Victory for consumers; defeat for robo-calls

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An exemption in federal telemarketing rules allowed millions of people on the Do Not Call Registry to get sales pitches. Getty Images stock
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Don’t you just hate it? You’re at the dinner table, watching TV or just relaxing, when the telephone rings. You stop what you’re doing, grab the phone, and it’s a sales call! What could be more annoying? How about a sales call that’s a recorded message?

As you hang up the phone you say to yourself, “But I’m on the Do Not Call list. Why did this happen?”

It turns out there was a little exemption in federal telemarketing rules that allowed millions of people on the Do Not Call Registry to get recorded sales pitches. If you had a “business relationship” with a company, they were allowed to send you automated calls.

The Federal Trade Commission just changed the rules to close that loophole. By next year at this time, the chances of getting these unwanted robo-calls should drop dramatically.

By December, all recorded sales calls must have a simple interactive way for you to let the company know you do not want any more of them. It could be via the keypad (“push 1 to avoid future messages like this”) or by saying something into the phone.

As of September 1, 2009, companies can only make recorded sales calls to people who have agreed in writing to receive them. Digital signatures via e-mail are acceptable.

The rules say if the telemarketer does not have the technology to determine if the automated call is going to an answering machine or voicemail, the message must include a toll-free opt-out number.

Consumer groups are delighted with the new rule. “It’s a big step forward,” says Susan Grant, director of consumer protection at the Consumer Federation of America. “The FTC’s action will bring some relief to consumers whose phones are being tied up and answering machines are being filled up with prerecorded sales calls.”

The telemarketing industry isn’t happy with the new rules, but it appears ready to accept them without a legal challenge. According to Tim Searcy, CEO of the American Teleservices Association, telemarketers now have “a greater understanding of how frustrated consumers are with the use of prerecorded messages.”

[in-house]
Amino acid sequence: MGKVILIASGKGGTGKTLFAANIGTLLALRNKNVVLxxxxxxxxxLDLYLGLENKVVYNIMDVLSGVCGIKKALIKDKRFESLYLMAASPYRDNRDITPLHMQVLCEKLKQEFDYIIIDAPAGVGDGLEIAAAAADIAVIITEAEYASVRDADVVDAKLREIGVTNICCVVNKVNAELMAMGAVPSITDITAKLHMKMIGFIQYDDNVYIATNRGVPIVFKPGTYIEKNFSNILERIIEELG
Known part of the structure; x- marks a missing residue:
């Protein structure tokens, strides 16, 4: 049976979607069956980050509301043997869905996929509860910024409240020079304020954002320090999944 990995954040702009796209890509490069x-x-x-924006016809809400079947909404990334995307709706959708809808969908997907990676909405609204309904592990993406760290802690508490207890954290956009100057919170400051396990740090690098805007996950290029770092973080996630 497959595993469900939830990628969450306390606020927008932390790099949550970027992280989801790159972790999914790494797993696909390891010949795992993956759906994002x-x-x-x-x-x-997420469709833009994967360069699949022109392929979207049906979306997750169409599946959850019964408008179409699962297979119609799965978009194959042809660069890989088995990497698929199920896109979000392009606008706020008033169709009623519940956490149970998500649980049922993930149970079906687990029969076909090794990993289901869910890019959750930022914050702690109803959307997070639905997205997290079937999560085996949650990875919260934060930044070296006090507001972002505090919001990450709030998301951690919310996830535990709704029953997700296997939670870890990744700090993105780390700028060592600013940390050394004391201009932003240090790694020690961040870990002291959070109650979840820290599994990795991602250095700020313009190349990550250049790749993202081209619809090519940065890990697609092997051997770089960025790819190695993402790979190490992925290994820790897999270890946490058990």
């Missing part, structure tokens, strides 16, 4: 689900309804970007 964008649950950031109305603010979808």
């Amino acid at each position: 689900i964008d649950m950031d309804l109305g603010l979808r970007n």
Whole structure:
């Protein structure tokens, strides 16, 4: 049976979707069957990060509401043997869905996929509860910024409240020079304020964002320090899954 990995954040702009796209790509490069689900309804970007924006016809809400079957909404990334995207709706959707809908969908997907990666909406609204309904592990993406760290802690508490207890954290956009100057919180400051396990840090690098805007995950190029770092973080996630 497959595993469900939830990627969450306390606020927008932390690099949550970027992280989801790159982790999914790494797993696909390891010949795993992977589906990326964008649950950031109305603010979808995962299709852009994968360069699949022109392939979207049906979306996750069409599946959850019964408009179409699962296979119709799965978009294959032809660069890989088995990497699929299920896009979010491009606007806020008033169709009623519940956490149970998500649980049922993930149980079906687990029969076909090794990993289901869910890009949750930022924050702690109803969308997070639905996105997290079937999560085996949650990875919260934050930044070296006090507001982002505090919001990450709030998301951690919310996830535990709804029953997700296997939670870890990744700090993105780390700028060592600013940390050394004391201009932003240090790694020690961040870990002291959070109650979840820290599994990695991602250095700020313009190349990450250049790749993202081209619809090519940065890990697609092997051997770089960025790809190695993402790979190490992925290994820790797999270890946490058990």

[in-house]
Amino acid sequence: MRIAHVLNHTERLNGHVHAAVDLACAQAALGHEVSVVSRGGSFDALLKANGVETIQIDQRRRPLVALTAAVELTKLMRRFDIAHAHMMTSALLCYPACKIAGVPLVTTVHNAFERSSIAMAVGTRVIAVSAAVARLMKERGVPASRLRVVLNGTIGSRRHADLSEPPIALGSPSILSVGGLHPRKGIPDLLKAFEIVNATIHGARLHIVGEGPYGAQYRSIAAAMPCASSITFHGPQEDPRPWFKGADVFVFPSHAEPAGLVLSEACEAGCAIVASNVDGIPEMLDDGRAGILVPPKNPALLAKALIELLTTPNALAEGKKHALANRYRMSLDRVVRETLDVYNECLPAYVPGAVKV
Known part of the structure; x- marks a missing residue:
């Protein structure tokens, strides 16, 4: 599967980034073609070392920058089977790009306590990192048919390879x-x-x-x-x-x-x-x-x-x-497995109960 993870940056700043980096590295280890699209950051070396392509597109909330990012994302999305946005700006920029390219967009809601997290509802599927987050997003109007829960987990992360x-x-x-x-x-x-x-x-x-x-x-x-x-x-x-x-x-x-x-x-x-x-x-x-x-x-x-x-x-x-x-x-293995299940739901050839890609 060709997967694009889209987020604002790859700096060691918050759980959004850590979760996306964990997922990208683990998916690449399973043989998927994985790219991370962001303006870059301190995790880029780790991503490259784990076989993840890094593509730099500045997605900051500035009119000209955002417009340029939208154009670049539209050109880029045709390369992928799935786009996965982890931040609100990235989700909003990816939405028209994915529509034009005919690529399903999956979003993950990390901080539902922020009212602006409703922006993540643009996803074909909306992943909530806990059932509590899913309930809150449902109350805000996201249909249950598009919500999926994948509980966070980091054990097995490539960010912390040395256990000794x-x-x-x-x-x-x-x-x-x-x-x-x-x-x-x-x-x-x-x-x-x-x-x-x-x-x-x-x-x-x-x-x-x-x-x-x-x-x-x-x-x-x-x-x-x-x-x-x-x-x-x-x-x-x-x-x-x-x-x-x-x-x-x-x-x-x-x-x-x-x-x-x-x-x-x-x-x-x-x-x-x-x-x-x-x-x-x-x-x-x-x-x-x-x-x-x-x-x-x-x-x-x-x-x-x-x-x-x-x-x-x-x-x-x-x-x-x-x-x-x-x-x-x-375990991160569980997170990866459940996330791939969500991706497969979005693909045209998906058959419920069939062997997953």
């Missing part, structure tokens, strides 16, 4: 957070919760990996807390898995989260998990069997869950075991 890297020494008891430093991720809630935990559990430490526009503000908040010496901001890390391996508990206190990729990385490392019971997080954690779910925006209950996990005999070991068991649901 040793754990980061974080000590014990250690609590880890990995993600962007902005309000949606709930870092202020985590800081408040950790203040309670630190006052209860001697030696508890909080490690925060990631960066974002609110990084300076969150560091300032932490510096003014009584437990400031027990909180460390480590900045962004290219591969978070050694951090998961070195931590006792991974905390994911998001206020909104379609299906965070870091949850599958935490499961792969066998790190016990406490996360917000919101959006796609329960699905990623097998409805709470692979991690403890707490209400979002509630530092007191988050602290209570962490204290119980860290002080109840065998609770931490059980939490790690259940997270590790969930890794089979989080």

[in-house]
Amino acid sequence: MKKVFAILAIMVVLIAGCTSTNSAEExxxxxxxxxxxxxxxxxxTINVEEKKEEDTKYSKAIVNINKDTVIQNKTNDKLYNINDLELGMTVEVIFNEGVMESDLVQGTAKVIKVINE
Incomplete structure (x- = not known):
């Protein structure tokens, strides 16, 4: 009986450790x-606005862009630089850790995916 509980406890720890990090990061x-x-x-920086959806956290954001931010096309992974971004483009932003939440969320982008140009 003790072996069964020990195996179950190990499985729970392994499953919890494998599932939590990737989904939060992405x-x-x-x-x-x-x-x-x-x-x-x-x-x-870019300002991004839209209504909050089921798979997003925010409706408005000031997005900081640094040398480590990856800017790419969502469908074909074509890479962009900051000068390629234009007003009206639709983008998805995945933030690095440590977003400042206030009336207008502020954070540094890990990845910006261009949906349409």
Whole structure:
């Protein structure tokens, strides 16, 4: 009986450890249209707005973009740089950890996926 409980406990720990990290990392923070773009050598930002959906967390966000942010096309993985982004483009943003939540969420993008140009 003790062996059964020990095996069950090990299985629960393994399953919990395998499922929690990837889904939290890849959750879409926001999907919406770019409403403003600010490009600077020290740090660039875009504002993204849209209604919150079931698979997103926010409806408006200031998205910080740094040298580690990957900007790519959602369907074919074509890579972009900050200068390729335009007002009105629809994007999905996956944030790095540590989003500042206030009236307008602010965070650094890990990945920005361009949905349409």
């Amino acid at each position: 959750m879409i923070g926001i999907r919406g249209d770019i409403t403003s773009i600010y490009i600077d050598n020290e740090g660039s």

Searcy tells me recorded messages are not as effective as live operators, but many companies use them because they are substantially cheaper.  “It’s probably in the neighborhood of a dollar a minute for a person to be involved and it’s pennies a minute for a prerecorded message,” he says.

Why was this new rule needed?
Two federal agencies, the Federal Communications Commission and the Federal Trade Commission, both regulate telemarketing calls. The FCC has a rule that allows companies to send recorded sales messages to anyone with an “established business relationship,” even if their home phone number is on the Do Not Call Registry.

If you bought or rented something from that company within the last 18 months, or simply inquired about a product or service within the last 3 months, you’ve established a business relationship.

“Theoretically, you could go into a store and buy a pack of chewing gum and create an established business relationship with that store,” says Allen Hire with the Federal Trade Commission.

About four years ago, the telemarketing industry asked the FTC to bring its rules into agreement with the FCC’s rules – to allow recorded sales calls to established customers, even if their phone number was on the Do Not Call Registry.

But when the Federal Trade Commission announced it might do that, it got an earful from nearly 14,000 people who opposed the idea.

David Brick of California wrote, “Because of the absence of a live human being, prerecorded calls are particularly noxious.”

“Please help get rid of these useless waste-of-time phone calls,” said Winnie Williams, 89, of Washington.

Peggy Sanders of Louisiana put it this way. “If I want to buy something I'll contact them. They have no respect for people's privacy. If you’re not at home they fill up your answering machine. Please stop this aggravation!”

Some recorded messages are exempt
Under the new rules, recorded calls that are “informational” and do not try to sell you something will be allowed without prior consent or written permission. Here are a few examples:

  • An airline wants to notify you of a flight delay or cancellation.
  • A doctor’s office or repair service calls to confirm an appointment.
  • A company issues a recall of a product you purchased from them.

Political calls are already exempt from the Do Not Call Registry and recorded political messages will be exempt from the new rules. The same goes for any charity soliciting via the phone.

But there is one important change. Starting in December, if the charity hires a commercial telemarketer to raise money and that company uses a recorded message to contact previous donors, it must provide a way to opt out of future recorded calls.

My two cents
Once again, the FTC has listened to consumers and put their privacy ahead of commerce. As someone with two phone lines in the house, I am grateful to the commission for its action.

Still, you need to be on guard. Watch out for companies that try to get permission to pitch you via recorded messages. Look carefully at anything you sign (whether physically or electronically) to make sure you are not agreeing to receive unwanted recorded sales calls.

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